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review 2018-07-28 00:44
Drowned City: Hurricane Katrina and New Orleans by Don Browne
Drowned City: Hurricane Katrina and New Orleans - Don Brown

Tells the story that most of us are now familiar with. The artwork uses water colors so nothing is defined, especially people. That makes the work less impactful, as there is very little emotion coming from the pages. The most defined people were the politicians. It felt too emotionally distant and academic for me.

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text 2018-07-23 10:12
24 in 48 Read-a-thon Update #2
Drowned City: Hurricane Katrina and New Orleans - Don Brown
Gaijin: American Prisoner of War - Matt Faulkner
Bespoke: A Tiny Christmas Tale: A Tiny Christmas Tale (Espoir Archives Book 1) - Amanda Dykes
At Your Request (Apart From the Crowd): An Apart From the Crowd Novella - Jen Turano

Update #2


I got another 50 minutes of reading in while doing the laundry. I spent it reading Just Mercy as that has been on July's TBR pile for the longest. 



Books read: 4; 2 graphic novels, 2 ebooks

Time read: 4 hours and 55 minutes

Challenges: 0


Next is to review another bunch of books for COYER and get ready for BoB23 (August).


Update #1


I got 30 minutes of reading done yesterday morning (yay kids' swim class!). That was it. So to make an even small dent in this read-a-thon, I cleared my calendar for today so I could read. So far today I have read for 3 hours and 35 minutes and got a lot done. I've read Drowned City: Hurrican Katrina and New Orleans by Don Brown (graphic novel), Gaijin: American Prisoner of War by Matt Faulkner (graphic novel), finished Bespoke: A Tiny Christmas Tale by Amanda Dykes (historical romance), and At Your Request (Apart From the Crowd #0.5) by Jen Turano (historical romance).


Probably won't get to anymore reading until I go do laundry tonight, so maybe one more update from me. I hope all my fellow participants in 24 in 48 are doing well and getting books off their TBR done.

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review 2017-07-28 05:06
Great way to learn about historical events
Drowned City: Hurricane Katrina and New Orleans - Don Brown



I read this book for my graphic novel class and for a free read Friday. It is very well done. I learned a lot about the aftermath of Hurrican Katrina in New Orleans, details I wasn't aware of before. Don Brown does a great job of presenting facts without a lot of bias. He uses facts and quotes to present the information. The illustrations are sepia toned and provide emotional details not given in the text. The faces are very expressive and even the way Brown draws the bodies shows how devastating the events were for the people of New Orleans.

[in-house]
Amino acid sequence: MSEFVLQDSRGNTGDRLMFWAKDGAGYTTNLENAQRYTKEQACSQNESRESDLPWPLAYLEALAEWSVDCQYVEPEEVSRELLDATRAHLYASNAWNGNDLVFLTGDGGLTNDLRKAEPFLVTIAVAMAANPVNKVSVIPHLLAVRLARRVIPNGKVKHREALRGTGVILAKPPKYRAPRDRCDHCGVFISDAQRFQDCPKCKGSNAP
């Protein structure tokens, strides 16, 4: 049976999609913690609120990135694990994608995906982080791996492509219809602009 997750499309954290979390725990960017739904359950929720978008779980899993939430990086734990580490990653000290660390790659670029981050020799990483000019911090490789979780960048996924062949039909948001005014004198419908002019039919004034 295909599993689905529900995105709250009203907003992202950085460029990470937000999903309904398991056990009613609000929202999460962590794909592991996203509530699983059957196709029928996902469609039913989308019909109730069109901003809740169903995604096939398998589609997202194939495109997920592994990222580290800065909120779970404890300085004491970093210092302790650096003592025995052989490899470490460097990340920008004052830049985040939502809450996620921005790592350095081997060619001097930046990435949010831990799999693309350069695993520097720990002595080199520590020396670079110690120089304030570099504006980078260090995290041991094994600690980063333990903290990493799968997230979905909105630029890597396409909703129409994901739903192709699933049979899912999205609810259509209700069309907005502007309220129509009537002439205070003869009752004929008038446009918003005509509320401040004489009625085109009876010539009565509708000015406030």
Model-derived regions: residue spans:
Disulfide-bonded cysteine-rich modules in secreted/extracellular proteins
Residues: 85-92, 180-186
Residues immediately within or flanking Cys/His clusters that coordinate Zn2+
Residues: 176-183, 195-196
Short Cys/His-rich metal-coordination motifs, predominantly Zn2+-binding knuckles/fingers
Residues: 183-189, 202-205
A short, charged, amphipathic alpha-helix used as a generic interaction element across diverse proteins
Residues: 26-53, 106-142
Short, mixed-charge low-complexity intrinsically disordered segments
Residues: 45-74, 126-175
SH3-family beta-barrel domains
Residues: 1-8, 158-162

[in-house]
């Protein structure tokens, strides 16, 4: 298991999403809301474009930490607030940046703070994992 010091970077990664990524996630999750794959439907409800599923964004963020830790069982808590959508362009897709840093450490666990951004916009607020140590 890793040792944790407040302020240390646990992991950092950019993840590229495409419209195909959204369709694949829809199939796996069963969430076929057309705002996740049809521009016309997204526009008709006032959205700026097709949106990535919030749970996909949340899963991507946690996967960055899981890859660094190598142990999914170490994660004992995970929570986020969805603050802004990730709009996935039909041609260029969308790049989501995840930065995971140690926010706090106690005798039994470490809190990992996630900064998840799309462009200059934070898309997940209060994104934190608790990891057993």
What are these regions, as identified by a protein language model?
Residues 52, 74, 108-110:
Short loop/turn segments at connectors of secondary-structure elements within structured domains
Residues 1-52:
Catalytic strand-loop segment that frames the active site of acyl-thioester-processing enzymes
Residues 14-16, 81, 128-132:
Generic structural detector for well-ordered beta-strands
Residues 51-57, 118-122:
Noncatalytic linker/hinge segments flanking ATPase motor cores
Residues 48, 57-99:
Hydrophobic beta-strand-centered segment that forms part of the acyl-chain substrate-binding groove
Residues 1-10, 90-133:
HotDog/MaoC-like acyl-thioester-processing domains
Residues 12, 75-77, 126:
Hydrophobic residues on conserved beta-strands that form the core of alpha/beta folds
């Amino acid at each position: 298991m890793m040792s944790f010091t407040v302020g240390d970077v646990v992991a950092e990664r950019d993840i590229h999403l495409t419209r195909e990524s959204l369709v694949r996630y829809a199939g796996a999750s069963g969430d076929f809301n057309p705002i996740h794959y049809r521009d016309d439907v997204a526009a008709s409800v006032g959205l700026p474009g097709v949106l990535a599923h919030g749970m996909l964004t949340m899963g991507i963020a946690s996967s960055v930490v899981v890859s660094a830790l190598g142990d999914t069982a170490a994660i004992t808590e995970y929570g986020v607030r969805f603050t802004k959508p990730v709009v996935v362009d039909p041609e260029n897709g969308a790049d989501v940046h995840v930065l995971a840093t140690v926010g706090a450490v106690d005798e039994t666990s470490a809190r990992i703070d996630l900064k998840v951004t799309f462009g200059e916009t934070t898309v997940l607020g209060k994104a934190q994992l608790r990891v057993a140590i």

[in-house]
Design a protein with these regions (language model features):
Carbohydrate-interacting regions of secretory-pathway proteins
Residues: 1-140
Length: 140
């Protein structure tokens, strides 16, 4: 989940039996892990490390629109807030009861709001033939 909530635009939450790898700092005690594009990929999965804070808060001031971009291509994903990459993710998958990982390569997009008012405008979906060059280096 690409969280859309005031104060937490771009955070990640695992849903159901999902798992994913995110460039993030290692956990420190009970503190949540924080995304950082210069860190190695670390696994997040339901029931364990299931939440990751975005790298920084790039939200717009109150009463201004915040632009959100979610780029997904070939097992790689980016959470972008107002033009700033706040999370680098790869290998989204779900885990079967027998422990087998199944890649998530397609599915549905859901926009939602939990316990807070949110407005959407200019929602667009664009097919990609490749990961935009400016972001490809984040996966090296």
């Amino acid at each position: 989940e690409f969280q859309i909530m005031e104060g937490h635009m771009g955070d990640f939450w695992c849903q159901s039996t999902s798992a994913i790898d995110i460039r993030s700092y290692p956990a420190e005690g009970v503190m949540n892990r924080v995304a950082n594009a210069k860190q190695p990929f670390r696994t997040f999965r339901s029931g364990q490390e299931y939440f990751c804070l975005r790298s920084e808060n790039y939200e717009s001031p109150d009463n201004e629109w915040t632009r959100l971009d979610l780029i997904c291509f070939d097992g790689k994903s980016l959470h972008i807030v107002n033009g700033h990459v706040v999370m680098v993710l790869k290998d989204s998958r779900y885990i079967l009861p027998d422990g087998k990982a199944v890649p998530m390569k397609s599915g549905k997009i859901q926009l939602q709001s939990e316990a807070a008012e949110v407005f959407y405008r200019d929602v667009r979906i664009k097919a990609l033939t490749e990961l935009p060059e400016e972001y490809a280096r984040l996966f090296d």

Free Friday Read

96 pages = $2.00

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text 2017-07-15 04:55
My 3rd Free Read Friday - BLopoly
Drowned City: Hurricane Katrina and New Orleans - Don Brown


I'm reading this book as my third Free Read Friday. It was assigned for my graphic novel class. I started reading it today, so it qualifies for both.


It's a graphic novel about the effects of Hurricane Katrina.

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review 2016-11-21 14:19
Drowned City Hurricane Katrina & New Orleans
Drowned City: Hurricane Katrina and New Orleans - Don Brown

What amazed me most about this graphic novel was how well it depicts the devastation that Hurricane Katina caused in New Orleans and in the surrounding communities. The intensity, distress and ugliness that surrounded this event were felt throughout the illustrations and in the text. As this storm gathers steam in Africa in the beginning pages and it makes its way across the Atlantic waters, I could see the swirling black mass approaching the coastline, getting darker and gathering strength, as individuals are being warned to leave. Some residents have decided to stay, their reasons being personal or transportation has become an issue for them. There seems to be lack of communication between the residents and the individuals in charge and I found throughout this novel, there are many instances of this, where people are not communicating with one another and this lack of communication causes major issues in this disaster. Free city buses were supposedly offered to help individuals evacuate but it seems that these buses never showed up.   Later, rescue efforts to retrieve individuals trapped by flood waters had them choosing whether they wanted to be rescued or stay where they were with their pets. For some individuals their pet(s) are their lives and they choose to stay with their pet(s) putting their lives in danger.   Its instances like this that made me realize the magnitude of this event. Don’t get me started on the Superdome, but I was glad that Don covers it in great deal in this graphic novel.



Individuals were acting alone and this novel shows the isolation that many in the community felt and what it finally takes for the issues to get resolved.   This is not a novel that you can read quickly, it is an emotional one. The text gives us the figures and the facts but it’s the illustrations that hit us the hardest.   They show us what it was like to be on the scene, be among the confusion and destruction, it was the scenes that take place both above water and underwater that I truly adored them.   It’s a powerful story, of human suffering, of individuals coming together, of a nation that made mistakes and hopefully learned from them and of hero’s that live in our own backyard. I remember being glued to my television when this was all unfolding, I couldn’t believe that this was happening and my heart broke for these people and reading this graphic novel, brought it all back to me. I can’t say enough about what a great job Don Brown did with this novel.

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